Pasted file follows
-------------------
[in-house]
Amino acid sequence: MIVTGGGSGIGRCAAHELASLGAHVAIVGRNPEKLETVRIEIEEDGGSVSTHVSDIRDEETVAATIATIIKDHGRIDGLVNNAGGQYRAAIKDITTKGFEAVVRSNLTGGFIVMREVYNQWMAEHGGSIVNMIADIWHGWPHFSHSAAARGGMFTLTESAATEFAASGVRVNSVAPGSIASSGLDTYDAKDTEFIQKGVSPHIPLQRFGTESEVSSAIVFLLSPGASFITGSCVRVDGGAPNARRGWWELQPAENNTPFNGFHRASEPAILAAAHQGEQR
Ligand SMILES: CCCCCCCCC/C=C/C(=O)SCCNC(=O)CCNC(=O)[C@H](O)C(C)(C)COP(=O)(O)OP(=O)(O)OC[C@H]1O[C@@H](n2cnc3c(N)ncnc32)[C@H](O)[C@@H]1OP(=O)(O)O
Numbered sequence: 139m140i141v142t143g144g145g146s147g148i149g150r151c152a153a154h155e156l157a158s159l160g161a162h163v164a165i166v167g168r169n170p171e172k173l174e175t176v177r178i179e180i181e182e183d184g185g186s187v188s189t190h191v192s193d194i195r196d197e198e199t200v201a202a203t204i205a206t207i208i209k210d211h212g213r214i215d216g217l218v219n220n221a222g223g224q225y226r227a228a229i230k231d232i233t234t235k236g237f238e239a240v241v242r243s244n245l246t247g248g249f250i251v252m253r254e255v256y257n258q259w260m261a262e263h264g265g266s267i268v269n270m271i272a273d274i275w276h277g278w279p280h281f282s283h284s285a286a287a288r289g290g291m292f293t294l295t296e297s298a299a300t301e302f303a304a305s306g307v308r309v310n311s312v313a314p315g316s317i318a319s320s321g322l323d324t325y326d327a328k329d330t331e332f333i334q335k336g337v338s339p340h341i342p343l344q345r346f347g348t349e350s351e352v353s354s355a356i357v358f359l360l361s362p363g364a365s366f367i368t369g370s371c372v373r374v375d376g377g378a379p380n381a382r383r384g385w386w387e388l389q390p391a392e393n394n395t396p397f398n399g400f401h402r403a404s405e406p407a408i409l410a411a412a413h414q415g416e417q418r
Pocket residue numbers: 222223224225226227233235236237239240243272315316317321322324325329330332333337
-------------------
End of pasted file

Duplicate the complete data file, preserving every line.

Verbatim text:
[in-house]
Amino acid sequence: MIVTGGGSGIGRCAAHELASLGAHVAIVGRNPEKLETVRIEIEEDGGSVSTHVSDIRDEETVAATIATIIKDHGRIDGLVNNAGGQYRAAIKDITTKGFEAVVRSNLTGGFIVMREVYNQWMAEHGGSIVNMIADIWHGWPHFSHSAAARGGMFTLTESAATEFAASGVRVNSVAPGSIASSGLDTYDAKDTEFIQKGVSPHIPLQRFGTESEVSSAIVFLLSPGASFITGSCVRVDGGAPNARRGWWELQPAENNTPFNGFHRASEPAILAAAHQGEQR
Ligand SMILES: CCCCCCCCC/C=C/C(=O)SCCNC(=O)CCNC(=O)[C@H](O)C(C)(C)COP(=O)(O)OP(=O)(O)OC[C@H]1O[C@@H](n2cnc3c(N)ncnc32)[C@H](O)[C@@H]1OP(=O)(O)O
Numbered sequence: 139m140i141v142t143g144g145g146s147g148i149g150r151c152a153a154h155e156l157a158s159l160g161a162h163v164a165i166v167g168r169n170p171e172k173l174e175t176v177r178i179e180i181e182e183d184g185g186s187v188s189t190h191v192s193d194i195r196d197e198e199t200v201a202a203t204i205a206t207i208i209k210d211h212g213r214i215d216g217l218v219n220n221a222g223g224q225y226r227a228a229i230k231d232i233t234t235k236g237f238e239a240v241v242r243s244n245l246t247g248g249f250i251v252m253r254e255v256y257n258q259w260m261a262e263h264g265g266s267i268v269n270m271i272a273d274i275w276h277g278w279p280h281f282s283h284s285a286a287a288r289g290g291m292f293t294l295t296e297s298a299a300t301e302f303a304a305s306g307v308r309v310n311s312v313a314p315g316s317i318a319s320s321g322l323d324t325y326d327a328k329d330t331e332f333i334q335k336g337v338s339p340h341i342p343l344q345r346f347g348t349e350s351e352v353s354s355a356i357v358f359l360l361s362p363g364a365s366f367i368t369g370s371c372v373r374v375d376g377g378a379p380n381a382r383r384g385w386w387e388l389q390p391a392e393n394n395t396p397f398n399g400f401h402r403a404s405e406p407a408i409l410a411a412a413h414q415g416e417q418r
Pocket residue numbers: 222223224225226227233235236237239240243272315316317321322324325329330332333337